Technically I was in Shanghai for eight days but since five days of which were dedicated to attending seminars, I only had 3 days to roam around this vast and modern metropolis.
Our office is located at Shanghai Tower—the tallest in Shanghai and second in the world. Spending winter here can be a little bit brutal. One moment there will be a glimpse of sunlight and the next can be freezing cold. I suggest for you to always check the weather online to know which clothes to pack.
For the entirety of our Shanghai trip we used an app called Didi — their own version of Grab and Uber. It helped us to get in and out of different districts in no time. For five consecutive days, I had the pleasure of seeing the heart of their commercial district — walking below the towering buildings of Jin Mao Tower, Orient Pearl Tower and Shanghai World Financial Center. But the last 72 hours were jam-packed with everything we can fit in this “business” trip.
We commenced our trip with a ferry ride to Shanghai’s world-famous, The Bund. A long stretch of buildings that are influenced with European architecture. Opposite to it is Shanghai’s breathtaking skyline. I stood for about an hour just trying to get that perfect shot but I guess some beauty can’t be translated into photographs. They’re more worthy to be seen in person.
A few blocks away from The Bund is West Nanjing Road, which is a long walk of various branded clothing labels, gadgets and street foods.
The next day, I intended to go around a few more spots in Shanghai. If you’re looking for a place of cheap finds and restaurants, Chinatown is the perfect spot for you. Yuyuan Garden, on the other hand, is a serene place nestled in the middle of busy and narrow streets filled with frantic tourists.
Then we took a ride to Tianzifang, a former French Concession area now reformed with narrow alleys with numerous quaint and artsy shops, cafes and bars.
We ate lunch at Marzano, situated in yet another go-to place for food and bar in Shanghai, Xintiandi. It is said to be the most expensive place to live in China. Some of the apartments are costing more than those in Tokyo, London and even New York City.
After that sumptuous meal, we rode another cab to reach Shanghai Museum, located at the People’s Square in Huangpu District. It exhibits ancient Chinese art and is considered as one of China’s most modern museums. We found time to actually sit down at the square, let the world move beneath our feet and just watched Shanghai create its magic.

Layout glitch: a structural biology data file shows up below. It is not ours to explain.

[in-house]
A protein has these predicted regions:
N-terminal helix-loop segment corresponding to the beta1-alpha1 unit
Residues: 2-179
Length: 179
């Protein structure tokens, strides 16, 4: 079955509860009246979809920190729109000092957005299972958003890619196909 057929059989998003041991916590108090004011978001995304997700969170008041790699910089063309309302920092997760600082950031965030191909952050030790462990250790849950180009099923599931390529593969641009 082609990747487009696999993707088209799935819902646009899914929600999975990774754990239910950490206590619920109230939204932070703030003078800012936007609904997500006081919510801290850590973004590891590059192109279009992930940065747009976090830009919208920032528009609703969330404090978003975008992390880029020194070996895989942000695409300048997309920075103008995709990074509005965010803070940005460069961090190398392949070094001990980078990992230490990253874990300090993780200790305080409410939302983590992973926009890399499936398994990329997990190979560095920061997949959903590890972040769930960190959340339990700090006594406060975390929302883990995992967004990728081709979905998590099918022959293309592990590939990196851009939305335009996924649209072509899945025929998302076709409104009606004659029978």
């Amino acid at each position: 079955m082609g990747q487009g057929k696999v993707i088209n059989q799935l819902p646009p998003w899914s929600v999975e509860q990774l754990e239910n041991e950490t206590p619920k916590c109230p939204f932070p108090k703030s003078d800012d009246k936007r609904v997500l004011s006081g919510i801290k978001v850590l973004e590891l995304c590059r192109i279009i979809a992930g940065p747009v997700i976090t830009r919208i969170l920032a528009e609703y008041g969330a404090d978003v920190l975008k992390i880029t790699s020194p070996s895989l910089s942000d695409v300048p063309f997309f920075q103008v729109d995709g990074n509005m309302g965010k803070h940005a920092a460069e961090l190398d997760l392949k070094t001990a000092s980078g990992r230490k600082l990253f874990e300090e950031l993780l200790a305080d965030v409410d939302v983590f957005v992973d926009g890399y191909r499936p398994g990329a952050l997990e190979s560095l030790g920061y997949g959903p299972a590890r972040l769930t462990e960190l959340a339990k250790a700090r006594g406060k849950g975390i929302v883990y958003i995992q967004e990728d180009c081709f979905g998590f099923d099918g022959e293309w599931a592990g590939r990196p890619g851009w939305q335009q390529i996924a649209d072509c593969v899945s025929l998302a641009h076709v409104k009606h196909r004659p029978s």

Our last day in Shanghai was a little bit hectic. Our flight is in the afternoon but we still had a few stops before we leave. One of which is the China Art Museum. This attraction is actually quite far from the city center but the view up close is just spectacular. The majestic building boasts pearl-white, concrete staircase and on top is an abstract pattern of crimson-painted wood, stacked like an inverted pyramid. I was not actually able to go in because the line is crazy long and it would eat up so much time so we decided to go to our final destination, Shanghai Tower. This is where our trip started and it’s just right to end it here, as well.
Shanghai Tower’s 119th floor has a 360-degree view of the megacity. I was shaking the whole time we were up there. Fun fact, I am not afraid of heights. It must be because of the excitement I am feeling as I roam around, running in circles, trying to get all the shots I need. Everything from above is heavenly. Yes, the smog is quite thick, but to me, it added that mystery. Like Shanghai is there in front of me, but it still holds a secret I badly wanna know.
Shanghai surprised me in a very good way. The weather might be hella unstable but the experience is still topnotch. I get to see a different side of its people, how they value their culture and how amazing their city is. Shanghai is an underrated destination that people should start to be raving about.
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